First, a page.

Skip to comments.I was a vegetarian - but now I'm a happy meat-eater
Posted on 02/18/2003 2:19:47 AM PST by MadIvan
I was brought up vegetarian, and remained that way until relatively recently, when a visit to Paris inspired me to move over to the carnivorous side of the culinary divide.
And since then, I've been catching up I've tried pretty much everything from hamburgers to snails to steak tartare. I've found that while chicken and turkey leave my taste buds cold, nothing can beat a medium rare fillet steak, preferably washed down with a glass of red.
My life as a vegetarian started when my parents took a trip to Amsterdam. I would have been about six at the time, left behind with my two sisters.
Rather than trying out psychedelic drugs like any sensible free-from-the-kids parents would have done (it was the 70s after all), my parents had to land in a restaurant where they tasted vegetarian food for the first time. It was called The Golden Dawn and they're a bit hazy on any other details "they wore robes and had turbans" is all they'll say.
Anyway, after that meal they swore never to eat meat again and they've never looked back at a fry-up with regret. My sisters and I had to go along with it we went from being a meat and two veg family, to being a veg family.
It's not like meat was a taboo in my house. I don't remember ever feeling guilty for stuffing down sausages at friends' parties; in fact I never missed the opportunity. But gradually, as I got into my teens, I established vegetarian convictions of my own. I wanted to be a vegetarian (didn't know any better, I like to think now) and I thought it was wrong to kill animals for food.
Like my parents (smoked salmon vegetarians if ever there were any) I continued to eat fish. Logical? Not really. But you can fall back on that argument that fish don't feel pain, so you don't actually hurt them by having them killed to feed you.
If you eat fish, visits to restaurants are much more enjoyable; you don't have to settle for the dreaded 'vegetarian dish' always a mushy amalgam of vegetables drenched in melted cheese.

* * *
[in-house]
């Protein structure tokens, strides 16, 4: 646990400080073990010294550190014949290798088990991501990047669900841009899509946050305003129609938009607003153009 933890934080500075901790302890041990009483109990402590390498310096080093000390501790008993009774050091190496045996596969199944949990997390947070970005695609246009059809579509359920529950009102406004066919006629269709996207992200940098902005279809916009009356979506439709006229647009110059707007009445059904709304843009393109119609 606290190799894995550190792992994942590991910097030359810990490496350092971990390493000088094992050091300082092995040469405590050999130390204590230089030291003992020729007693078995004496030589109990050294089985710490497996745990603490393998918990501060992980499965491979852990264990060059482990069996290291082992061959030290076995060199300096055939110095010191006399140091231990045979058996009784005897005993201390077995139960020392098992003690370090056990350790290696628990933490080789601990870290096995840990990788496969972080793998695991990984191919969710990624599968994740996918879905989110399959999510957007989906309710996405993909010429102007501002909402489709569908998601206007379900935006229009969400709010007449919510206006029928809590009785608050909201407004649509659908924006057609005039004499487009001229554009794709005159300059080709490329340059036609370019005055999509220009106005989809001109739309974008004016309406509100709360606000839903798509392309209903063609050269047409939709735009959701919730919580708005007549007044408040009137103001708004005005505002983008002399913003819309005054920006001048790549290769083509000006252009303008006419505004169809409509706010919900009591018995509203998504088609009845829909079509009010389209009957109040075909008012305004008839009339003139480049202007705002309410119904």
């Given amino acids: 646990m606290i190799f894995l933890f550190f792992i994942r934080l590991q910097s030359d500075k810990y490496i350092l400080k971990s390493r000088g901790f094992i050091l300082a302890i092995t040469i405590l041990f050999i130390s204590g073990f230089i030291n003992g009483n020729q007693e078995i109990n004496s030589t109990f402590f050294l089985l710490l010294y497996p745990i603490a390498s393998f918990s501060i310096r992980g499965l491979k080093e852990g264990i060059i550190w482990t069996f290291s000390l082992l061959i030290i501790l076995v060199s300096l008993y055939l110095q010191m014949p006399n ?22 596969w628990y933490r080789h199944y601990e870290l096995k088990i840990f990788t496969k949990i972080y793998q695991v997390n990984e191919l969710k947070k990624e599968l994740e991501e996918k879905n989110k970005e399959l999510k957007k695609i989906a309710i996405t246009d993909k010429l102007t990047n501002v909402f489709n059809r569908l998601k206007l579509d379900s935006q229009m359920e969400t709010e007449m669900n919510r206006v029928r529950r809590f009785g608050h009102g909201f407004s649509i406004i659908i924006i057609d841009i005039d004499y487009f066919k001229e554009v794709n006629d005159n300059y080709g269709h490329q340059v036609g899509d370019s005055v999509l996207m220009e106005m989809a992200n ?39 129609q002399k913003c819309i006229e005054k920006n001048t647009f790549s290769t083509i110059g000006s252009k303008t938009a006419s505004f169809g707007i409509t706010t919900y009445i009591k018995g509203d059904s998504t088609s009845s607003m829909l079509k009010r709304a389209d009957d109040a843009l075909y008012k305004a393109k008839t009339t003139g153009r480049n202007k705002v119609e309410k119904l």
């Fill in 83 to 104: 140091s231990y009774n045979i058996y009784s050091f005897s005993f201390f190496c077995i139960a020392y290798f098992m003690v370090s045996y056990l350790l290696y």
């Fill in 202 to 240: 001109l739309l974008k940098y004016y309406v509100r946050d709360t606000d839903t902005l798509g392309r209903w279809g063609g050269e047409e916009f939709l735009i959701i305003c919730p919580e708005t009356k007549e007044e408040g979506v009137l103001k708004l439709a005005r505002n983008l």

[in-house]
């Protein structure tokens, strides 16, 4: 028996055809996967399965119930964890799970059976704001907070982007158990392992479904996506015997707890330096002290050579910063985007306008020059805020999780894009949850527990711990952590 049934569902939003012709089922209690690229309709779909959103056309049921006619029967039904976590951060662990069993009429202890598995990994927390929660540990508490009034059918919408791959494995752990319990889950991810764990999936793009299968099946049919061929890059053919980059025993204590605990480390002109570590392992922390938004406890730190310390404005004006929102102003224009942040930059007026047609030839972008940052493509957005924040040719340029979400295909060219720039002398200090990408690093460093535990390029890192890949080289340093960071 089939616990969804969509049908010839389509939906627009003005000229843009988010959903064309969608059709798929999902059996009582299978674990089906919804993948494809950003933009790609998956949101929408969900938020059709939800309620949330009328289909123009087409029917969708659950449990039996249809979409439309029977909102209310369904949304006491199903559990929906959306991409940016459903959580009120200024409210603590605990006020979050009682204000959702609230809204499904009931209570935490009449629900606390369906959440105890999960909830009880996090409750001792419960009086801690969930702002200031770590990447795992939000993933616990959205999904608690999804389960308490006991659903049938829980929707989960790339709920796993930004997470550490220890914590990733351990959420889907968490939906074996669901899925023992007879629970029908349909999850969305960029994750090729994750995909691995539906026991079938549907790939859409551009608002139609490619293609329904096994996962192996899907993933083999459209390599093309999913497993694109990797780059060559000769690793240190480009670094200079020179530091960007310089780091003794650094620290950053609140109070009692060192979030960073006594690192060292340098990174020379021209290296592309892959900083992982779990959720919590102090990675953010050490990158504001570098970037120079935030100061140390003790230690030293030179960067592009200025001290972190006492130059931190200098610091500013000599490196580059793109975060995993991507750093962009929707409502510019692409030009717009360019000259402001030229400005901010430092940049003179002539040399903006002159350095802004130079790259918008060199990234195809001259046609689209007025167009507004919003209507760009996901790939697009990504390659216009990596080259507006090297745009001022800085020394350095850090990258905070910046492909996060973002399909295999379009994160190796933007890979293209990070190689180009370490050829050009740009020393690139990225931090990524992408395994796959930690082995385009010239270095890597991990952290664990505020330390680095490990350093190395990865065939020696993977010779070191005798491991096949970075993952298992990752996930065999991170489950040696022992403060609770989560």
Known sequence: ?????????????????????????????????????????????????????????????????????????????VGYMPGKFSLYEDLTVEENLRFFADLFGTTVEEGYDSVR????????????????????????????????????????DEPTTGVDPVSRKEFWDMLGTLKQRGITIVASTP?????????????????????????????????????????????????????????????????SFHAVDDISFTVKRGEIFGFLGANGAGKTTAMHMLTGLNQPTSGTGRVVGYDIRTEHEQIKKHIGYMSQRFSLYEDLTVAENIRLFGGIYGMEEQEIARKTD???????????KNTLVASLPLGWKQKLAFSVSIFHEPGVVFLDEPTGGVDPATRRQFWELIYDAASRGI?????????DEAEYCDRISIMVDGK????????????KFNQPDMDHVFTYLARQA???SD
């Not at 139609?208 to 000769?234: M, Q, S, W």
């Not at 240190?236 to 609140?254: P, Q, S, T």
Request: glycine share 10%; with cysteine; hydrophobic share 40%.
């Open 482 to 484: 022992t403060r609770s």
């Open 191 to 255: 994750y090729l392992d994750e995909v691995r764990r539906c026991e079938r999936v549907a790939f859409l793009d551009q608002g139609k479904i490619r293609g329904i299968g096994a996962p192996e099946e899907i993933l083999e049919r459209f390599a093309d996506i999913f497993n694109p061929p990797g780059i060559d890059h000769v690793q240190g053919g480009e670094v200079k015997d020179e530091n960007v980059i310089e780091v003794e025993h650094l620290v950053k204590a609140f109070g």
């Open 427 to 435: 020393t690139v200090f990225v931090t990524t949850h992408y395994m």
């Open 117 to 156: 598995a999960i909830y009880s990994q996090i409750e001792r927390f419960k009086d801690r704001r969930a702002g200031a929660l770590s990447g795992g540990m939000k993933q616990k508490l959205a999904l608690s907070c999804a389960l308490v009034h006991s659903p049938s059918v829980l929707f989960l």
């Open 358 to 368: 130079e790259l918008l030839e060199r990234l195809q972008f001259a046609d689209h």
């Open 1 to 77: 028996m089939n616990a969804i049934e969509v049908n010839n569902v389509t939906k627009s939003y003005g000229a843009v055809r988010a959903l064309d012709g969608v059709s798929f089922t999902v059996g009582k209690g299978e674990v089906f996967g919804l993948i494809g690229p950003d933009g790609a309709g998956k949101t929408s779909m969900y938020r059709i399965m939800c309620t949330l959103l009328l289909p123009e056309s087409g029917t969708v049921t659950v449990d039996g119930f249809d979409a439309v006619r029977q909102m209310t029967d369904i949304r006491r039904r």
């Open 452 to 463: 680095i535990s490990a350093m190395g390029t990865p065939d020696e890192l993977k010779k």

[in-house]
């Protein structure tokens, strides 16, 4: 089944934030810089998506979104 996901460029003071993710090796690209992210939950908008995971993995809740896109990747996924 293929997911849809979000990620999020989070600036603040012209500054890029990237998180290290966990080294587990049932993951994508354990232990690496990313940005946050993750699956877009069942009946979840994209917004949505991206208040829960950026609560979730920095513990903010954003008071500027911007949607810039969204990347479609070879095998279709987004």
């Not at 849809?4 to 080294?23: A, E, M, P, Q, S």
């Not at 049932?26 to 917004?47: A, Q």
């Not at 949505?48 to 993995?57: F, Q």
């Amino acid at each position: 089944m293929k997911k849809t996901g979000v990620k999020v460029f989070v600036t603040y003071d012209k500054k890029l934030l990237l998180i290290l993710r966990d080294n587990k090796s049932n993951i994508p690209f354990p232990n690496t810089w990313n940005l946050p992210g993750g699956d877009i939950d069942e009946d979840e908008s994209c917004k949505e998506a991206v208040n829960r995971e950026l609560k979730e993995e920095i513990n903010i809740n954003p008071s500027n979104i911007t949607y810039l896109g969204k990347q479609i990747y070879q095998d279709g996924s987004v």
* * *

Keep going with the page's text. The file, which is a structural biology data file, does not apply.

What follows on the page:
I wasn't one of those vegetarians who felt the urge to lecture meat-eaters about the wrongness of their ways. But I did find that friends had certain expectations of me as a vegetarian. That I was terribly sensitive about butchers, for example. So they would practically shield my eyes from the carcasses when we passed a butcher's van. But really I was not offended by the sight of meat hanging up after all I didn't eat the stuff.
If, by accident, I ate a dish that contained meat stock or some small pieces of meat, they would also expect that I would a) be traumatised and b) get sick. Neither ever happened to me and I never had an upset tummy as a result of eating a stray piece of meat.
On the down side, dinner parties can be quite fraught. You run a couple of risks if you don't know the host, because they may not know that you're a vegetarian. You have two choices: you can alert them, so that they can make a dish that will suit you. Or you can wing it and hope that it won't matter. There you run the risk that they'll have to spend the whole evening in the kitchen rustling up a quick omelette for you. Either way, it's a hassle.
And so it went despite a year spent living in Paris (so many missed opportunities), I stuck to my vegetarian guns.